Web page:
I’ve got a little problem I’m going to share with you. No, wait, don’t back away — it has nothing to do with personal hygiene. It’s this: I’m addicted to the free classified listings at Craigslist.com.

(Though, really, if you’re looking to buy or sell something locally on the cheap, you’re probably better off going with the free online classified listings at www.charlestoncitypaper.com, as you’ll see in a moment.)

Were you aware, even, that Charleston has a Craigslist? Were you aware of how easy it is to get sucked into the jaws of its poorly-written ads for crappy cars, shoebox apartments, jobs you wouldn’t want, and, uh, personal companionship?

Because it’s pretty easy.

But my addictions are not the problem here. The problem, you see, is this: you know those scams you’re always reading about on the internet and doing your best to avoid? Like not replying to Heriberto T. Hendrix, for example, when he e-mails you about your awesome million-dollar lottery win? Well, now you’ve got another one to worry about — particularly if, like me, you’re houseproud (or stupid) enough to put pictures of your apartment up on the internet. (But it was so clean! I had to show someone!)

A New York-based blogger, you see, recently found his apartment listed on Craigslist, complete with a lengthy description of its attributes, a general idea of its location, some nice full-color pictures, and a very reasonable monthly rent. There was his fireplace, there was his gas stove, there was that Mexican blanket his mom brought him back from her anniversary cruise last year. All well and good, right?

Well, sure, it would have been: if his apartment had actually been for rent.

Some bright spark had stolen the pictures from his blog, set up a fake listing on Craigslist, and given herself the task of fielding the (very enthusiastic) e-mail inquiries that came her way. And how did she make her money? By offering to overnight the keys to interested parties — for a cool “refundable” $1,500, to be wired into her account — because she was “based in California and couldn’t show the apartment in person.” Of course, whichever poor sap did send the $1,500 would never see it again — nor the interior of his dream apartment, obviously — because the swindler would have disappeared without trace.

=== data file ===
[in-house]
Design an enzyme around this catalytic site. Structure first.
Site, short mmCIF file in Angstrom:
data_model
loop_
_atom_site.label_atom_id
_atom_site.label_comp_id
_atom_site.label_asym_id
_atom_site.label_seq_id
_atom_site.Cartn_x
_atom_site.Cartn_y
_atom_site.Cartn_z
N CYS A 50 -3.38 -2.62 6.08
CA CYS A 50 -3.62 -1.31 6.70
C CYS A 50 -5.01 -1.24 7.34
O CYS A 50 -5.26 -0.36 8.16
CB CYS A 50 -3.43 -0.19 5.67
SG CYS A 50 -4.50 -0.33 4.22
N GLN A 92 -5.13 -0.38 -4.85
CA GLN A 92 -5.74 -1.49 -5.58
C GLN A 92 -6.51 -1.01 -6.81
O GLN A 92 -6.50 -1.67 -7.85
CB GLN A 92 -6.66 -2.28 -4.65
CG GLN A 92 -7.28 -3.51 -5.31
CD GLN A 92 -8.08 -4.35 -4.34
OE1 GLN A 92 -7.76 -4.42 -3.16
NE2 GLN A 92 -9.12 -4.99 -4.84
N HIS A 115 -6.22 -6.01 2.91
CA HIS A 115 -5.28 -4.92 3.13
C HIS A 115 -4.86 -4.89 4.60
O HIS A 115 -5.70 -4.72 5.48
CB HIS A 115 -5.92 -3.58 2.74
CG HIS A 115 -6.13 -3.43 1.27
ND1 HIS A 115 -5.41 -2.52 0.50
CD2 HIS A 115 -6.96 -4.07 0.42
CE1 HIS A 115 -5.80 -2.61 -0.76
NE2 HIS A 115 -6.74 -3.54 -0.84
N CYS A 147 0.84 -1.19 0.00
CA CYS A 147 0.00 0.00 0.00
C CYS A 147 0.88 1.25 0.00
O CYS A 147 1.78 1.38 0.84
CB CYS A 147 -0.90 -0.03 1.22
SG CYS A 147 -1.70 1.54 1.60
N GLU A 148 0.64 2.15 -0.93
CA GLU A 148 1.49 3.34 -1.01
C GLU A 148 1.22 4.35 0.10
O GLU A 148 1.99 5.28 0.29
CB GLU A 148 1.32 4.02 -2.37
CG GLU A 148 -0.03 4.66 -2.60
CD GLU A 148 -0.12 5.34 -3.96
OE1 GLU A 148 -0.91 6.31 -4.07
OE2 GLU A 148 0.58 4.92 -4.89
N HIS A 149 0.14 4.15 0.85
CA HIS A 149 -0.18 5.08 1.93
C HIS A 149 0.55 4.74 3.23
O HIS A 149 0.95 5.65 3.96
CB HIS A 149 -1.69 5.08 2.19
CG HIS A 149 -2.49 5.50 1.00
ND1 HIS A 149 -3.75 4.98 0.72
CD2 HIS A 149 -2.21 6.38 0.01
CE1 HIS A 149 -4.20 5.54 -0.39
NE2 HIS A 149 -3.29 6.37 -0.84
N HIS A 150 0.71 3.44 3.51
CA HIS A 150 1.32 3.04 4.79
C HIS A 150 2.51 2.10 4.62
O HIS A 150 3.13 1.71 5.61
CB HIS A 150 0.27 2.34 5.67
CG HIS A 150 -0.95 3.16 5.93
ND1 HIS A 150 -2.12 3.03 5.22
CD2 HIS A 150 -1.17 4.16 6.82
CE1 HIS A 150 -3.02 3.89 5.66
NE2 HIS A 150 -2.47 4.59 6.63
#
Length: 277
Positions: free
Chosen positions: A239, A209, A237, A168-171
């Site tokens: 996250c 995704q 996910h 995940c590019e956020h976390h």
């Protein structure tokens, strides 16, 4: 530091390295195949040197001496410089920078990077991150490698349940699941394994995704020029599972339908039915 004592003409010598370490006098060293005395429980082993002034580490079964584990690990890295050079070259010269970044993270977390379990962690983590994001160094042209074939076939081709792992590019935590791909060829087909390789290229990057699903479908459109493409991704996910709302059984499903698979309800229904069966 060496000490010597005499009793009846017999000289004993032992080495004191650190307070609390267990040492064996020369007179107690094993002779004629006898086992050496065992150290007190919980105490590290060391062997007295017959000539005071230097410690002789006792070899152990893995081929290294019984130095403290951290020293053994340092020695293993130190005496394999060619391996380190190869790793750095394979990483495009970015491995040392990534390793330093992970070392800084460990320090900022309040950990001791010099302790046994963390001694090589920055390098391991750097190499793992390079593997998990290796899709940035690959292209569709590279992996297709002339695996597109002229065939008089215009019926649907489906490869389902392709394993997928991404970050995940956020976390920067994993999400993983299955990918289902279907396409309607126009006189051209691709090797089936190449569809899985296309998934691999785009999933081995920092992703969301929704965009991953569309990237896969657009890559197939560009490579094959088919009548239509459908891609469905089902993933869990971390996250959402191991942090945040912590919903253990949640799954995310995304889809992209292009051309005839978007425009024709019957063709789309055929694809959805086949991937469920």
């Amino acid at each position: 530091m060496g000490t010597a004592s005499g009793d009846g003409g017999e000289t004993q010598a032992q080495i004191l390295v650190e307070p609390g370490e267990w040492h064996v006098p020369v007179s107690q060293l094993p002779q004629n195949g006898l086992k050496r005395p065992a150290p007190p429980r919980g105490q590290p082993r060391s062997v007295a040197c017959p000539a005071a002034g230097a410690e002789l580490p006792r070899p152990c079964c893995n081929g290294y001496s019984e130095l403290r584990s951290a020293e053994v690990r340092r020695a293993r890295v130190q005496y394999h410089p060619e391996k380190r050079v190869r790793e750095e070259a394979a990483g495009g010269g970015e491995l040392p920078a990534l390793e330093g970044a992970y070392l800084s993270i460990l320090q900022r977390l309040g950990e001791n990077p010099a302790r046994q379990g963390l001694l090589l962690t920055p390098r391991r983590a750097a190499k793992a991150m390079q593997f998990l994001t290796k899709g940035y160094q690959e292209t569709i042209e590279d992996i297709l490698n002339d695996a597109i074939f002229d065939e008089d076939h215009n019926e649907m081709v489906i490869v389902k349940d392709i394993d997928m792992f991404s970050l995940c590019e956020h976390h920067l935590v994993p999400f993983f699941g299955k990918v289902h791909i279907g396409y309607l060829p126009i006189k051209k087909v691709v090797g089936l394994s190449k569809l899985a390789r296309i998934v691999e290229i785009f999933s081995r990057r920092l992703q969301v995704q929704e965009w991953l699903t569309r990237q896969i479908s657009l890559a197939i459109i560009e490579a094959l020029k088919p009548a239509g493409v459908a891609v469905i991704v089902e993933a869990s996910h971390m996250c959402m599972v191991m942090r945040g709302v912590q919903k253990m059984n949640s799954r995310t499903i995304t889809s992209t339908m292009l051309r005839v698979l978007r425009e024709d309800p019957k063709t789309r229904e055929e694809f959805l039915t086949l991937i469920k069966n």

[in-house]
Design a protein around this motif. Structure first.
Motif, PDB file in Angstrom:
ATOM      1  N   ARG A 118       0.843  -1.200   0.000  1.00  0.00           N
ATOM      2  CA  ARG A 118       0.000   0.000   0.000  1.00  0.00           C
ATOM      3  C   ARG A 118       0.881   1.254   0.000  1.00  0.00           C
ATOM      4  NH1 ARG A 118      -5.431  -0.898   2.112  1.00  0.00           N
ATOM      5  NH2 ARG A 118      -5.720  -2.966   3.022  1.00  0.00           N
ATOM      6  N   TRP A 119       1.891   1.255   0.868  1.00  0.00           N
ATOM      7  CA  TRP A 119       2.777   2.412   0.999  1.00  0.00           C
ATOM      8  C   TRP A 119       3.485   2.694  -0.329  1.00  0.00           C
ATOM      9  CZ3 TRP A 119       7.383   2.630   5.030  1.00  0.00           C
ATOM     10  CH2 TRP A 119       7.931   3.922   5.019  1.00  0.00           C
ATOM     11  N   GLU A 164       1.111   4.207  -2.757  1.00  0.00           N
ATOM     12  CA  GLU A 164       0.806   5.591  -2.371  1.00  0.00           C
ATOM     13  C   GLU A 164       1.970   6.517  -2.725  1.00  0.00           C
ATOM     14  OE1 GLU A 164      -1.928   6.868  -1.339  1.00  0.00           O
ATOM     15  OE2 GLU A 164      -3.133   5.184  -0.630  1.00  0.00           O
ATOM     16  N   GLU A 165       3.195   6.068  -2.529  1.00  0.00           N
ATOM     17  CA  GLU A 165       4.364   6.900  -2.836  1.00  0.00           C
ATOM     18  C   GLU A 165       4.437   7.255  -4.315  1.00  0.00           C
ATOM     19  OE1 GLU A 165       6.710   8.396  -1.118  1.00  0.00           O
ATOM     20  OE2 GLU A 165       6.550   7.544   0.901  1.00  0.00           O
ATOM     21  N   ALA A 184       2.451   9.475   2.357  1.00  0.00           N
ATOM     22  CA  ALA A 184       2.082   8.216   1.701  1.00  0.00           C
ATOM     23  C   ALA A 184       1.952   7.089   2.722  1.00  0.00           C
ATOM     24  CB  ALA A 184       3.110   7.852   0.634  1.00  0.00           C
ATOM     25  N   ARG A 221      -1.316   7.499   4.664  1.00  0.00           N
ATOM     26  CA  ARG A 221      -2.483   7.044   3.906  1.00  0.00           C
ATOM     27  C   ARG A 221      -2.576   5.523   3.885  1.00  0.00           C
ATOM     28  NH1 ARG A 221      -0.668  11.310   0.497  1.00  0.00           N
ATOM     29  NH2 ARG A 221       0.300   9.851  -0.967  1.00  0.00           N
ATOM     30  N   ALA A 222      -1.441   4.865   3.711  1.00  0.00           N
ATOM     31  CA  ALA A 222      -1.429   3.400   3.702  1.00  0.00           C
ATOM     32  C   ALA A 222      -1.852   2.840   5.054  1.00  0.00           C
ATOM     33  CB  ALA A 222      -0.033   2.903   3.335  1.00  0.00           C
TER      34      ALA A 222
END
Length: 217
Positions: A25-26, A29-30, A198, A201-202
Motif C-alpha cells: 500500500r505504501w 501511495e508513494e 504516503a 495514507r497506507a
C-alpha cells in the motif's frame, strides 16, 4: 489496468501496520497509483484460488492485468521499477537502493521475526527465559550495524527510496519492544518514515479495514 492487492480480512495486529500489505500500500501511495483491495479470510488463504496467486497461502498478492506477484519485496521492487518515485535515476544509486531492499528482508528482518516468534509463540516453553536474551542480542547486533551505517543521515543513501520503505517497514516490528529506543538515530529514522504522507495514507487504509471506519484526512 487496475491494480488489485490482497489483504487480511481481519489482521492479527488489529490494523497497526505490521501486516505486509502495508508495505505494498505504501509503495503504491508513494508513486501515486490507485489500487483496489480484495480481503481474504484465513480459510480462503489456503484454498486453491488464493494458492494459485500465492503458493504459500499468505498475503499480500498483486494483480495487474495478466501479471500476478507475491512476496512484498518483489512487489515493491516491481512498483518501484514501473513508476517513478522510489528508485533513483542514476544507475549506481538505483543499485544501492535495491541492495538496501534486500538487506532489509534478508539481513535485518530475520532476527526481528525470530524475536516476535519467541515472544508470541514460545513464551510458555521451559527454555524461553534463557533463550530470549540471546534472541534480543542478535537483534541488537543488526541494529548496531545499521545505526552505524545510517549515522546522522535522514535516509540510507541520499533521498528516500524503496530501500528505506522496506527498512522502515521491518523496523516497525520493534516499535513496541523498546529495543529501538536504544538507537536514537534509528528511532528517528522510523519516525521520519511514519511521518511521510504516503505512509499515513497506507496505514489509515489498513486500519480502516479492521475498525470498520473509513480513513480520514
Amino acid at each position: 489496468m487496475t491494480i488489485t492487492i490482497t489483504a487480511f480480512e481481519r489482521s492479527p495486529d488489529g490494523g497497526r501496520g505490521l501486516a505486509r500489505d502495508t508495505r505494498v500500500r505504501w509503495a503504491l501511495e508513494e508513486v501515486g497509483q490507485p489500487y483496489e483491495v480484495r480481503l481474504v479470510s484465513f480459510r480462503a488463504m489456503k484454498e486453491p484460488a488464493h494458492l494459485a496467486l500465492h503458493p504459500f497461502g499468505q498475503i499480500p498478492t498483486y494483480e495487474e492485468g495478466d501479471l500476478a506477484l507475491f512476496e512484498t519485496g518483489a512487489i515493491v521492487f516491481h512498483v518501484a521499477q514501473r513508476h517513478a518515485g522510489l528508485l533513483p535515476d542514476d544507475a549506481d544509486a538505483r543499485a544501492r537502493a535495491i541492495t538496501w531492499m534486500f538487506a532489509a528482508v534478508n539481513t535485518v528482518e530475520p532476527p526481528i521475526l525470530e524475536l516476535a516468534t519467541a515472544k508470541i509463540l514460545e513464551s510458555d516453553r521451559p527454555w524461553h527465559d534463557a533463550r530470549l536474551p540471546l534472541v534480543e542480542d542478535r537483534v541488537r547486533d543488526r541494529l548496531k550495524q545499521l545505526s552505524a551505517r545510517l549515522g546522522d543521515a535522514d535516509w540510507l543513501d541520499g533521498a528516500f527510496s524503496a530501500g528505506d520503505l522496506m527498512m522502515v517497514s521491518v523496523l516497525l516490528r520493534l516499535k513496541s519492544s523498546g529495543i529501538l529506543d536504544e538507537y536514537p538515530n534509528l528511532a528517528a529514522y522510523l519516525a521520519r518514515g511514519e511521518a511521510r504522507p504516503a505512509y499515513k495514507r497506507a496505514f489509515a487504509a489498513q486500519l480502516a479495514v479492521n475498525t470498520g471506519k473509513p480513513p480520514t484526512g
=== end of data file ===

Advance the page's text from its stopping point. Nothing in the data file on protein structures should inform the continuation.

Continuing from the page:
When the blogger in question cottoned on to what was happening with his decidedly-not-for-rent apartment, he wrote to the anonymous Craigslist e-mail address, pretending to be an interested apartment-seeker. The scammer’s response when our blogger asked if he could call her to discuss a few details?

“I would love to speak with you by phone, but I can’t because I’m a deaf-mute person and I am teaching in California at a deaf-mute school.”

You can’t make this stuff up, folks. Although, actually, the point is that apparently you can make this stuff up. So if you must, like me, cruise the Craigslist listings every morning just for the hell of it, beware those apartments that look too good to be true. Because if they’re not the work of some low-life scammer, chances are they face right onto I-26 or something.

Holly Burns has actually received an e-mail from someone named Heliberto T. Hendrix, a moniker she has decided to bestow upon her firstborn child. Find her on the web at www.nothingbutbonfires.com.